Marianne Vos takes Friends Life Women’s Tour overall victory
Marianne Vos cemented victory in the inaugural Friends Life Women’s Tour by taking her third consecutive stage victory in Bury St Edmunds, out sprinting Giorgia Bronzini and Amy Pieters on Angel Hill.
The ensuing time bonuses ensured Vos finished 30 seconds clear of stage winners Emma Johansson and Rossella Ratto in second and third places, with the latter also claiming the Matrix Fitness Best Young Rider jersey for the highest placed Under-23 rider.
Italian duo Bronzini and Susanna Zorzi, who claimed the week’s overall combativity award, were fourth and fifth overall, with Pieters just edging Lucy Garner and Hannah Barnes in sixth, seventh and eighth places.
Garner also took the Leukaemia & Lymphoma Research Best British Rider jersey, inheriting it on Sunday morning in Harwich after Lizzie Armitstead withdrew through illness and then defending it from Barnes in the final sprint, despite clipping the barriers in the final corners.
For the second day running Lotto Belisol Ladies’ Emma Pooley was in the thick of the action, winning the Combativity Award for her constant attacking on the 108.3 kilometre stage through Tendring and Suffolk.
Loes Gunnewijk, Lauren Hall and Lisa Brennauer joined Pooley, but with no Rabo Liv rider in the font group they were brought back, setting up the final sprint finish of the week into Bury St Edmunds’ Angel Hill, where packed crowds awaited.
For the third day running it was Vos who powered clear, our sprinting Bronzini, with Pieters and Barnes in close attendance behind.
Vos’ consistent run of top three finishes and bonus points saw her claim the YodelDirect Points jersey, while Sharon Laws and Jolanda Neff’s week long battle for the Strava Queen of the Mountains jersey ended in favour of the British rider, three points ahead of her Swiss counterpart.
Optum p/b Kelly Benefit Strategies claimed the overall Team Classification, with American rider Hall their highest finisher in ninth overall.
Highlights of Stage Five are on ITV4 at 9pm on Sunday evening, with a repeat at 8.10am on Monday morning.
Revolution Series 10 | Revolution 38 – Emily Kay takes on the Champions LtoR: Any Pieters, Emily Kay, Lizzie Armistead – Image © www.ChrisMaher.co.uk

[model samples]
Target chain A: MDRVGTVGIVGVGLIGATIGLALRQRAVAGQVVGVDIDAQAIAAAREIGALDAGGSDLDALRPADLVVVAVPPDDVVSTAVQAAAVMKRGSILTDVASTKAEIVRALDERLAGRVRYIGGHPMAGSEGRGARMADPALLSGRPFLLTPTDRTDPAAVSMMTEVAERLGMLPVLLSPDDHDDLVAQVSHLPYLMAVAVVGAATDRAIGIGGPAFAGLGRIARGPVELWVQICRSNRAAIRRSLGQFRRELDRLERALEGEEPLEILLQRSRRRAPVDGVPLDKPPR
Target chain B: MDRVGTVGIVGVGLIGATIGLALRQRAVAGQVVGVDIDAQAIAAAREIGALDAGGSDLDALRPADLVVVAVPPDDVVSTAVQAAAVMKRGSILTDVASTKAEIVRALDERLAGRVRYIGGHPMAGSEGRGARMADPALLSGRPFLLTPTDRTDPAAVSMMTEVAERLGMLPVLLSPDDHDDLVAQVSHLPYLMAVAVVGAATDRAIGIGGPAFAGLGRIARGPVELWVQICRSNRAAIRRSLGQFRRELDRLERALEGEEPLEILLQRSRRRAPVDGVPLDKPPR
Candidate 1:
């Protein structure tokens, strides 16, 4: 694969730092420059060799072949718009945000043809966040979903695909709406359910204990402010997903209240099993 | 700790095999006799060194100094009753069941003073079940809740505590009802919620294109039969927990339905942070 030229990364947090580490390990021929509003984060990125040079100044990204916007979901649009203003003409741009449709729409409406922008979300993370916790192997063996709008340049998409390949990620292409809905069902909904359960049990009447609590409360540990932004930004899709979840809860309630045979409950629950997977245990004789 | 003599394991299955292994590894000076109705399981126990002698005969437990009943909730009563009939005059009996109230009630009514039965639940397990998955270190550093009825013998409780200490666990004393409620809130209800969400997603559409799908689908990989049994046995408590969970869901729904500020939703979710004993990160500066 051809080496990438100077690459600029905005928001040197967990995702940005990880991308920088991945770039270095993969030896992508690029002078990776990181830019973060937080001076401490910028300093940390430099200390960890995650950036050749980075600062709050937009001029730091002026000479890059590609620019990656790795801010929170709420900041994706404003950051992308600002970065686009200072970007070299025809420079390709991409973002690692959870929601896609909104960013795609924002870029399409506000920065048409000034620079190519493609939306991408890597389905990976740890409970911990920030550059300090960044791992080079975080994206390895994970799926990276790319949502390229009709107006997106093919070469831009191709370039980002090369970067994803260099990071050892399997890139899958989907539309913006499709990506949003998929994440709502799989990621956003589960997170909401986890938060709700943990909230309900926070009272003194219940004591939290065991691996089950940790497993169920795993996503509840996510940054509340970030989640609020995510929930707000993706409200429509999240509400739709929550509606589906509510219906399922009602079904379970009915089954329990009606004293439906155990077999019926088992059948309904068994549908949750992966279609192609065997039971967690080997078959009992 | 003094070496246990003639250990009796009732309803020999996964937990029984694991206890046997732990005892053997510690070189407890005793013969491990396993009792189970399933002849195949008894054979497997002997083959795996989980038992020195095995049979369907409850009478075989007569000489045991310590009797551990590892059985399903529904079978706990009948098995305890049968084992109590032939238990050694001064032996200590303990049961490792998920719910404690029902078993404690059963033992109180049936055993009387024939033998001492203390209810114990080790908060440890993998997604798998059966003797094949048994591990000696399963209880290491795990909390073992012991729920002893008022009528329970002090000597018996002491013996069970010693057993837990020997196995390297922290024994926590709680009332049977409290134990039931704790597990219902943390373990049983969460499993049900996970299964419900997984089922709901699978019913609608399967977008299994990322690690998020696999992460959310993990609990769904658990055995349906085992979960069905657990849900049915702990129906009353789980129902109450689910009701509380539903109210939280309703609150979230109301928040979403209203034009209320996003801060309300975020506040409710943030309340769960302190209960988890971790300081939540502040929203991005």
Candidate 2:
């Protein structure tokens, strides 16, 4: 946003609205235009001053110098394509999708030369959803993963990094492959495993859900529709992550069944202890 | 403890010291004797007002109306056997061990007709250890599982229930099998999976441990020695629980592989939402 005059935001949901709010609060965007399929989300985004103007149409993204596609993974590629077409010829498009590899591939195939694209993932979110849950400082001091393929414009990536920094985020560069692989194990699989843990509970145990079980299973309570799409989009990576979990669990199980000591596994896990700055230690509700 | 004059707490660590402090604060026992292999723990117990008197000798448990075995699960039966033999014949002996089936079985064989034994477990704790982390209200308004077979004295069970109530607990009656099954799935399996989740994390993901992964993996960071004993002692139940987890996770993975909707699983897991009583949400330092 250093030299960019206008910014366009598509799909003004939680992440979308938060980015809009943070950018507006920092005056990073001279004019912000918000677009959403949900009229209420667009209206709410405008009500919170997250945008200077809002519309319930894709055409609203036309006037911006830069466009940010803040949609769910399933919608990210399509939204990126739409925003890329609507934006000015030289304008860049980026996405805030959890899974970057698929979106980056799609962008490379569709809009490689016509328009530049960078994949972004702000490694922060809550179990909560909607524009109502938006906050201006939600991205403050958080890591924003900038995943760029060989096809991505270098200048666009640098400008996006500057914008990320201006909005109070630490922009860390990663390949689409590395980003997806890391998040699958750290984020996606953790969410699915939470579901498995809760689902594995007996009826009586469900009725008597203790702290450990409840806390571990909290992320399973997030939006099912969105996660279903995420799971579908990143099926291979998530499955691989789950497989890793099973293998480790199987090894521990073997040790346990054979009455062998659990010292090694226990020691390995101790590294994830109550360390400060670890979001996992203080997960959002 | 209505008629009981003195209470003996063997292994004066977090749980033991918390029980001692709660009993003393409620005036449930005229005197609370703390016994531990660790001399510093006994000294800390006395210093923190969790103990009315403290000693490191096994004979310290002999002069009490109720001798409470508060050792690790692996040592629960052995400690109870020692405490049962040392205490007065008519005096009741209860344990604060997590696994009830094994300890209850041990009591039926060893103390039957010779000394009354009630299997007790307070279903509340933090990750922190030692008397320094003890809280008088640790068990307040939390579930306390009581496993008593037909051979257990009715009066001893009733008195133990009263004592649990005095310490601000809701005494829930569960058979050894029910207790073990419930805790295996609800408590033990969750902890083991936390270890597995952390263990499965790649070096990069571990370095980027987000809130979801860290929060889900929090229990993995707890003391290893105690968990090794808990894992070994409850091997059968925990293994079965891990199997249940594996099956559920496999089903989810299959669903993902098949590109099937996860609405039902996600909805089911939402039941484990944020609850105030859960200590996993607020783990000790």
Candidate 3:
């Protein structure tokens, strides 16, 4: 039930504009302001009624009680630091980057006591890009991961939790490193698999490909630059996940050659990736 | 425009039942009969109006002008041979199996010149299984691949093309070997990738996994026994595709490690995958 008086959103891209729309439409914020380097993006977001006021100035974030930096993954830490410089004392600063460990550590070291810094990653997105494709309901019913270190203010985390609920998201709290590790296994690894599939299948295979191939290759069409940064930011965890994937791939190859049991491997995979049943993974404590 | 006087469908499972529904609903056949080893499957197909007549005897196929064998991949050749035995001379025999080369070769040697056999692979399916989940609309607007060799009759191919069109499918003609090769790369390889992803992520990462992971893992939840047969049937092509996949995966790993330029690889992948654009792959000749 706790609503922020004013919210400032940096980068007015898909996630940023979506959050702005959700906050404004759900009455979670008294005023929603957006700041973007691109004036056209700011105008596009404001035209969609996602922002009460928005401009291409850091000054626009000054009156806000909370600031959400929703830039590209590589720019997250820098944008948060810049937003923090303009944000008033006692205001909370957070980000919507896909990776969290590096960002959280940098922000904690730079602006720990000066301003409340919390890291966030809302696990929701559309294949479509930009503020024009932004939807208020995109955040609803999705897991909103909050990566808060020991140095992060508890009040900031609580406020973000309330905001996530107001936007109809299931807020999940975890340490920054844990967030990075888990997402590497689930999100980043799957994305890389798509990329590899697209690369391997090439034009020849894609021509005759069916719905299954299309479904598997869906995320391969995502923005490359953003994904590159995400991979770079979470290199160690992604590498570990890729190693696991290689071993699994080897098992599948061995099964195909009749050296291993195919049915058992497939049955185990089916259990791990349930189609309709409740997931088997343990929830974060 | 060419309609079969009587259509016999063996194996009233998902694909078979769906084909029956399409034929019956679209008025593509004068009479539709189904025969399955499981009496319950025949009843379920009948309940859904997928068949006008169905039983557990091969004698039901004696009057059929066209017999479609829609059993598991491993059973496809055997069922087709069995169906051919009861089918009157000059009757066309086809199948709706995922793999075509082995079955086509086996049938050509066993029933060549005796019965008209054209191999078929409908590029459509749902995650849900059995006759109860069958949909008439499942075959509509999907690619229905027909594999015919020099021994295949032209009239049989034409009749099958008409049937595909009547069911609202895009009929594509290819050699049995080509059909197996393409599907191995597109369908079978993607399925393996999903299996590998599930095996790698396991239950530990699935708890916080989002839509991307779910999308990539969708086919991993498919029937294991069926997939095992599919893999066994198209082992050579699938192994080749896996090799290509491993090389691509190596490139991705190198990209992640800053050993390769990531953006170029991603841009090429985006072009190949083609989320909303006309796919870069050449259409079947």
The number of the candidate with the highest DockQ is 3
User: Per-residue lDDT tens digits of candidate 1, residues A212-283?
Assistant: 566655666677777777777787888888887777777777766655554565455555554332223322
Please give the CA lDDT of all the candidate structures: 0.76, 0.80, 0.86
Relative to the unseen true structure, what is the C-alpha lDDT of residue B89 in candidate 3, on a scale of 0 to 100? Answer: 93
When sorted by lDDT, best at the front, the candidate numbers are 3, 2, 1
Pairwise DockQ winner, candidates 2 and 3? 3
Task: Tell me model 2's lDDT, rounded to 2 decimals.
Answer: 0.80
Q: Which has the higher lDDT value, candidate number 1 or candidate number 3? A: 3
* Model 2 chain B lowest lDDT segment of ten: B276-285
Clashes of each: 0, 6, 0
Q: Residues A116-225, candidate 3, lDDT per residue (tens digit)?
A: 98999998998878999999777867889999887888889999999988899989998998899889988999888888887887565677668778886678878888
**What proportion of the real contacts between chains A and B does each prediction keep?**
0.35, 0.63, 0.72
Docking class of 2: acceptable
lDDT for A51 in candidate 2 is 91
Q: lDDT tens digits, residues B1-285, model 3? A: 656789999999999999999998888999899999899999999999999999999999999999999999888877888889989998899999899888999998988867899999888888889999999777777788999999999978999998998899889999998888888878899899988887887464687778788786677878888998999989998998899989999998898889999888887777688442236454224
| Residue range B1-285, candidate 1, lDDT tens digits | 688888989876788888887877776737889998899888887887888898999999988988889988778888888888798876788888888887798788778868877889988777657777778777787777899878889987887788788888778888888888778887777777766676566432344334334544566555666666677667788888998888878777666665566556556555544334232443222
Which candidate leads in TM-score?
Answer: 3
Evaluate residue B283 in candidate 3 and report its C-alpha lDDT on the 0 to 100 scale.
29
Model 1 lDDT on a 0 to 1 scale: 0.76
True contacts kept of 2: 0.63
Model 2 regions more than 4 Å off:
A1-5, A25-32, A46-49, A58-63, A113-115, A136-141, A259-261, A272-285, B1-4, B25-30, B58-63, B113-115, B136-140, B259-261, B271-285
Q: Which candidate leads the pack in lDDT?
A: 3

During Revolution 38, I caught up with Emily Kay, last year’s winner of the DHL Future Stars competition, to find out how she is was finding it mixing it up with the Olympic and Senior World Champions on the track.
Emily on the podium at the beginning of her run as DHL Future Stars Champion – ©2010 Anna Magrath/Cycling Shorts.
DHL Future Stars Process
Emily has been a part of the DHL process right from the start. “I started off with the DHL Sprint School,” she explains, “then moved up to the DHL Future Stars, and now I’m riding with the best riders in the world. So, I suppose that’s proof that the system works. It’s great to get the opportunity to race against the likes of Marianne Vos and Lizzie Armitstead too.”
The Elimination Race
“I usually prefer to ride the elimination race from the front, riding at my own pace, but tonight was totally different. I found it slower than I was expecting, but it meant that I had to try different tactics than I’d use normally. But obviously
Revolution 36 – Emily graduates – final podium as a DHL Future Stars after three years domination – speaking to Hugh Porter – ©2012 Anna Magrath/Cycling Shorts.
this is a good stage to try things out on.”
Her tactics obviously worked, with a seventh in the Elimination Race.
The Scratch Race
Emily had said at the outset of the night that her main aim was to sit on Marianne Vos’s wheel at some point. In actual fact, during the Scratch race, Vos was sat on Emily’s wheel during the scratch race. Katie Colclough went off the front with a few laps to go, and it wasn’t until about two laps to go that Vos tried to close the gap, although Colclough held her off to take the win. Emily Kay stayed with Vos and tried to outsprint her on the line for second, eventually coming a close third to Vos’s second.
The Points Race
I asked Emily how the racing compared to the DHL Future Stars events. “Riding the domestic events, you find that you race against the same people all of the time and you tend to use the same tactics,” she said. “Riding at the Junior World Championships you get to ride with other people who you wouldn’t necessarily get to compete against ordinarily, this is just a step up from that. I’m really enjoying it though”.
Emily stayed with the bunch over the course of the points race, placing in one of the sprints. Ellen Van Dyck was the eventual winner, with Vos third.